This post updates the guerrilla warfare conducted by anti-fossil fuel activists against corporations by means of shareholder resolutions.
Update Dec. 6 below: Investor Activism is also Bad for Pensioners
Last year activists took a scalp from Exxon Mobil when a resolution passed requiring the Board to include business risk assessment from global warming/climate change. The cascade of suppositions underlying that proposal reveals the flimsy logic beneath these financial maneuvers. Details are in the post: How Climate Law Relies on Paris
A New Front is Opened
The Exxon success depended on proxy shares voted in large blocks by firms with huge assets, especially BlackRock and Vanguard. This year pressure was applied to wealth funds to pass “2°C Shareholder Resolutions.” This is basically a proposal that corporations subscribe to the Paris accord, and submit themselves to emission reduction targets, not only regarding their own operations, but also emissions arising from the use of their products (Hello petroleum companies!).
Storming Shell Castle
In May this Paris Subscription ploy was soundly defeated at the Shell annual meeting, and activists are disappointed both by the result and the voting by wealth managers. Reuters reported Shell shareholders reject emissions target proposal.
The flavor of this campaign is in the text of the resolution and management’s recommendation from the Royal Dutch Shell Annual Meeting Shareholder Information:
2°C Resolution Highlights:
Shareholders support Shell to take leadership in the energy transition to a net-zero-emission energy system. Therefore, shareholders request Shell to set and publish targets for reducing greenhouse gas (GHG) emissions that are aligned with the goal of the Paris Climate Agreement to limit global warming to well below 2°C.
This shareholder resolution is intended to express shareholder support for a course towards a net-zero-emission energy system. The why of a course towards a net-zero-emission energy system is clear: increasing costs of the extraction of fossil fuels, decreasing costs of generating renewable energy, and the global political pledge to stop global warming. The how and the what are up to the management of Shell. It is up to them to set GHG emission reduction targets and to develop activities to attain these targets.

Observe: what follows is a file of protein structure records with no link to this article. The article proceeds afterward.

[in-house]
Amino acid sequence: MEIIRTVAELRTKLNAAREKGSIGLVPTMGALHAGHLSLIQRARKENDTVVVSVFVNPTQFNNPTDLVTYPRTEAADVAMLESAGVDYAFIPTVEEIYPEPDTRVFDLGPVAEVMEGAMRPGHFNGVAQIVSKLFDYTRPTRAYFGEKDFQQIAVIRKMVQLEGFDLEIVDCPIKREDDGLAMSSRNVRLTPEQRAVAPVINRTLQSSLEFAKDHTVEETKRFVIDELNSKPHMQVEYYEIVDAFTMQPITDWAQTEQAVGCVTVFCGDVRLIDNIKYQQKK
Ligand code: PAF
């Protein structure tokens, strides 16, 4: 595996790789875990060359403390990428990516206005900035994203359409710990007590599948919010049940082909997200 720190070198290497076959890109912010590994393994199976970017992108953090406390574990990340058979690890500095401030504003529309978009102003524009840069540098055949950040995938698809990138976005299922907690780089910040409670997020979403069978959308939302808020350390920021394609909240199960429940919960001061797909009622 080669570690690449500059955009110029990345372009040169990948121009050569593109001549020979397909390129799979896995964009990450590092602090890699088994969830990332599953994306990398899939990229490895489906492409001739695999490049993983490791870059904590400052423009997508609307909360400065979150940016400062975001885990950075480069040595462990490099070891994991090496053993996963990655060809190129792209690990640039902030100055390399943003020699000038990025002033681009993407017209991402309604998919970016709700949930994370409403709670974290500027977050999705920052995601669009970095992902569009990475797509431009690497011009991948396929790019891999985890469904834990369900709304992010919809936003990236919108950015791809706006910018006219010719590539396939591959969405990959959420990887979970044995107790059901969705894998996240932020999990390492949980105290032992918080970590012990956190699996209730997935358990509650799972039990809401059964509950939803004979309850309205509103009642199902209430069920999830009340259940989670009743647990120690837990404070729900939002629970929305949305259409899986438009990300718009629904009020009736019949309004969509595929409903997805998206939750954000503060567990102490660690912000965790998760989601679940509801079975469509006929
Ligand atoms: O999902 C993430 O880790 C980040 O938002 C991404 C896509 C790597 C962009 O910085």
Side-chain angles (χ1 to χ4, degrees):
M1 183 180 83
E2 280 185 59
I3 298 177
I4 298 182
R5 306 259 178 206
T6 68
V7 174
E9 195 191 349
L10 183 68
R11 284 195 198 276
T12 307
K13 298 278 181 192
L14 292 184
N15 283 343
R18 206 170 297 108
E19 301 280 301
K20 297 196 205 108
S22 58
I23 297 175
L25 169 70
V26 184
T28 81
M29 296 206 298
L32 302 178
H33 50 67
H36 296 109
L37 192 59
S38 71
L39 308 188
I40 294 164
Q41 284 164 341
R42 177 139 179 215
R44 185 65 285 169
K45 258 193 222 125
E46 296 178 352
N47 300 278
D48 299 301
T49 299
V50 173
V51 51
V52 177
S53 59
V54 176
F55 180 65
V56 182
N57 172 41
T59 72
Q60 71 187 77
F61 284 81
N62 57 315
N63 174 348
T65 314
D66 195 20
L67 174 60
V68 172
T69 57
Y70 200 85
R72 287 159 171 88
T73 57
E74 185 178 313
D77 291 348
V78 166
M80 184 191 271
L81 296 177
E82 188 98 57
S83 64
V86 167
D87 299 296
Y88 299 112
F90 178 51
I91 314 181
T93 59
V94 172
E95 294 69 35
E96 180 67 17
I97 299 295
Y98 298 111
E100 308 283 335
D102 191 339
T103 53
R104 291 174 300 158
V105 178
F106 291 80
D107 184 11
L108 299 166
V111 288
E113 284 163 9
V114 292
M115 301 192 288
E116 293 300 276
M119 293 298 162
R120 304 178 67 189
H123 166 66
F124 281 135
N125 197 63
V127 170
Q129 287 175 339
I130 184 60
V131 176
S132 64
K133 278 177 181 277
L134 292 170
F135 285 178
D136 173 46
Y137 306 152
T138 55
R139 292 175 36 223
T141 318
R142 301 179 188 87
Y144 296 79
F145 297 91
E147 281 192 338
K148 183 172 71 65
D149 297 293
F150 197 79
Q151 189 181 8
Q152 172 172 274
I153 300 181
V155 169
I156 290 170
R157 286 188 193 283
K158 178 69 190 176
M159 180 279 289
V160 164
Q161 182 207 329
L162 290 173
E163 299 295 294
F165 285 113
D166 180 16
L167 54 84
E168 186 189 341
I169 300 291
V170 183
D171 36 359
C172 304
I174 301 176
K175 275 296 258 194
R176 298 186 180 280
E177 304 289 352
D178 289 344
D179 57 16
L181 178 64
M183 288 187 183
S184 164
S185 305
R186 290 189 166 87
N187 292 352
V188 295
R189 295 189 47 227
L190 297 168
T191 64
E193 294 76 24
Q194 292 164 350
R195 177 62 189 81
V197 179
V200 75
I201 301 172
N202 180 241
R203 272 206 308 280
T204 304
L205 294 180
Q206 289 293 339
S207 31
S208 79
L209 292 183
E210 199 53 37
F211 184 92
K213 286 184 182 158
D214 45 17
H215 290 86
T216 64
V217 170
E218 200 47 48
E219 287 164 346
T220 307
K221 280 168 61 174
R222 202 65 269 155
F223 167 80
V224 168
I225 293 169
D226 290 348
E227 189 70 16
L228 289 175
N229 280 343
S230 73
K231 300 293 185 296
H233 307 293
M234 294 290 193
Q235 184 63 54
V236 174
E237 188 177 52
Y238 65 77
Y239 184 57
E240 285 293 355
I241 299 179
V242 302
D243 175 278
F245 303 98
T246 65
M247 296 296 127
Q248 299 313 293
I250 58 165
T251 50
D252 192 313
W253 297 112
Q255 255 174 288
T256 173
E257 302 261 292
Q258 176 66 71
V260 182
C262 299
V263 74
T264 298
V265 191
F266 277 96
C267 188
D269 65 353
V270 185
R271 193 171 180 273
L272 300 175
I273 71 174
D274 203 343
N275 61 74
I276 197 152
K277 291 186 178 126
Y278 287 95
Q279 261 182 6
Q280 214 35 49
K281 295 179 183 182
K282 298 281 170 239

We the shareholders request that the company publish company-wide greenhouse gas (GHG) emission reduction targets according to the following 3 scopes:
Scope 1: direct emissions from the facilities under Shell’s operational control or the equity boundary,
Scope 2: indirect emissions from the facilities of others that provide electricity or heat and steam to Shell’s operations,
Scope 3: emissions that Shell estimates come from the use of Shell’s refinery products and natural gas products.
Shell Management Comments (Excerpts)
Your Directors consider that Resolution 21 is not in the best interests of the Company and its shareholders as a whole and unanimously recommend that you vote against it.
Shell welcomes and strongly supports the Paris Agreement, and supports the aspiration of transitioning towards a net-zero emissions world by 2050. We will work together with governments and stakeholders towards meeting this aspiration and we commit to report on steps taken.
However, this resolution demonstrates fundamental misunderstanding of the necessary solutions to achieving the Paris goals. The resolution is unreasonable with regard to what the Company can be held accountable for and would be ineffective or even counterproductive for the following reasons:
We are convinced we have all the required flexibility to adapt and remain relevant and successful, no matter how the energy transition will play out. We believe that by tying our hands in the early stages of this evolution, this resolution would weaken the Company and limit our flexibility to adapt.
We are already willing and able players in the energy transition in ways that are uniquely suited to our skills, reach and ambition – all with the ultimate objective of maintaining a sustainable business model. We aim to reduce the greenhouse gas intensity of our own operations over time. From this year we are making part of our remuneration conditional on managing greenhouse gasses.
To achieve a net-zero emissions world requires the widespread transformation of the energy system. . .It demands collective action across the energy system. To impose targets on a single supplier in this complex system does not only fail to address the actual challenge (as it will not reduce system emissions overall because customers will simply turn to alternative suppliers); it would also undermine our ability to play an active role in the transition and would hinder long-term value creation for the Company and its shareholders.
The Battle Mounts Against Electricity Companies
The “Blame and Shame” campaign is exemplified in a report today from advocacy enterprise Preventable Surprises, Missing in Action: Missing 55% fail to step up on climate by Casey Aspin, 5 December 2017. The taste of sour grapes comes through in the summary: